On Fri, Mar 02, 2018 at 09:54:11AM -0500, David Miller wrote:
> From: Pavel Machek <pa...@ucw.cz>
> Date: Fri, 2 Mar 2018 10:20:00 +0100

Hello Pavel, David

> >> This barrier cannot be a simple dma_wmb(), since a dma_wmb() is only
> >> used to guarantee the ordering, with respect to other writes,
> >> to cache coherent DMA memory.
> > 
> > Could you explain this a bit more (and perhaps in code comment)?

Have a look at:


AFAICT, a dma_wmb() can only be used to guarantee that the
writes to cache coherent memory (e.g. memory allocated with
dma_alloc_coherent()) before the dma_wmb() will be performed
before the writes to cache coherent memory after the dma_wmb().

Since most of our writes are simply writing new buffer addresses
and sizes to TDES0/TDES1/TDES2/TDES3, and since these TX DMA
descriptors have been allocated with dma_alloc_coherent(),
a dma_wmb() should be enough to e.g. make sure that TDES3
(which contains the OWN bit), is written after the writes to

However, the last write we do is "DMA start transmission",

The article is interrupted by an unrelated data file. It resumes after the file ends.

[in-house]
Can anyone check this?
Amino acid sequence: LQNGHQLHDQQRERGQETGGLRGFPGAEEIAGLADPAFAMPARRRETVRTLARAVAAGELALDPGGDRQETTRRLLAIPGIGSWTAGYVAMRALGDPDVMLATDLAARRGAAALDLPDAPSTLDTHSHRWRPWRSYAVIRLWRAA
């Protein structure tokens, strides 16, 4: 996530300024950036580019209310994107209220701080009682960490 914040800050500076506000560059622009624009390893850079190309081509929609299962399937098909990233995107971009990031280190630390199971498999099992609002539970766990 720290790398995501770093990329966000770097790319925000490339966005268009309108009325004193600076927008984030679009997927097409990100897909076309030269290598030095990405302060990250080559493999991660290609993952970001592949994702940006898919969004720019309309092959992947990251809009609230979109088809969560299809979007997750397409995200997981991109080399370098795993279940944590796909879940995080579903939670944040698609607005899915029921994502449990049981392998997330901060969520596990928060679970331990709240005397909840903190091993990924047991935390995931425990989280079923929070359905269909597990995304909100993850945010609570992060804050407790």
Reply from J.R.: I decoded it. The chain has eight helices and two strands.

this is a register in the IP, i.e. it is a write to the cache
incoherent MMIO region (rather than a write to cache coherent memory).
To ensure that all writes to cache coherent memory have
completed before we start the DMA, we have to use the barrier
wmb() (which performs a more extensive flush compared to

So the only place where we have to use a wmb() instead
of a dma_wmb() is where we have a write to coherent memory,
followed by a write to cache incoherent MMIO.
The only obvious place where we have this situtation is
where we write the OWN bit immediately followed by a write
to the "DMA start transmission" register.

Note that this also matches how it's done in other other drivers:

There is already a comment describing the barrier in
stmmac_xmit() and stmmac_tso_xmit() that says:
/* The own bit must be the latest setting done when prepare the
 * descriptor and then barrier is needed to make sure that
 * all is coherent before granting the DMA engine.
However, if you want, we could mention wmb() explicitly in this comment.

> > 
> > Ensuring other writes are done before writing the "GO!" bit should be
> > enough, no?
> Indeed, the chip should never look at the descriptor contents unless
> the GO bit is set.
> If there are ways that it can, this must be explained and documented
> since it is quite unusual compared to other hardware.
> > (If it is not, do we need heavier barriers in other places, too?)
> Right.

I hope that my explaination above has cleared any potential confusion.

Best regards,

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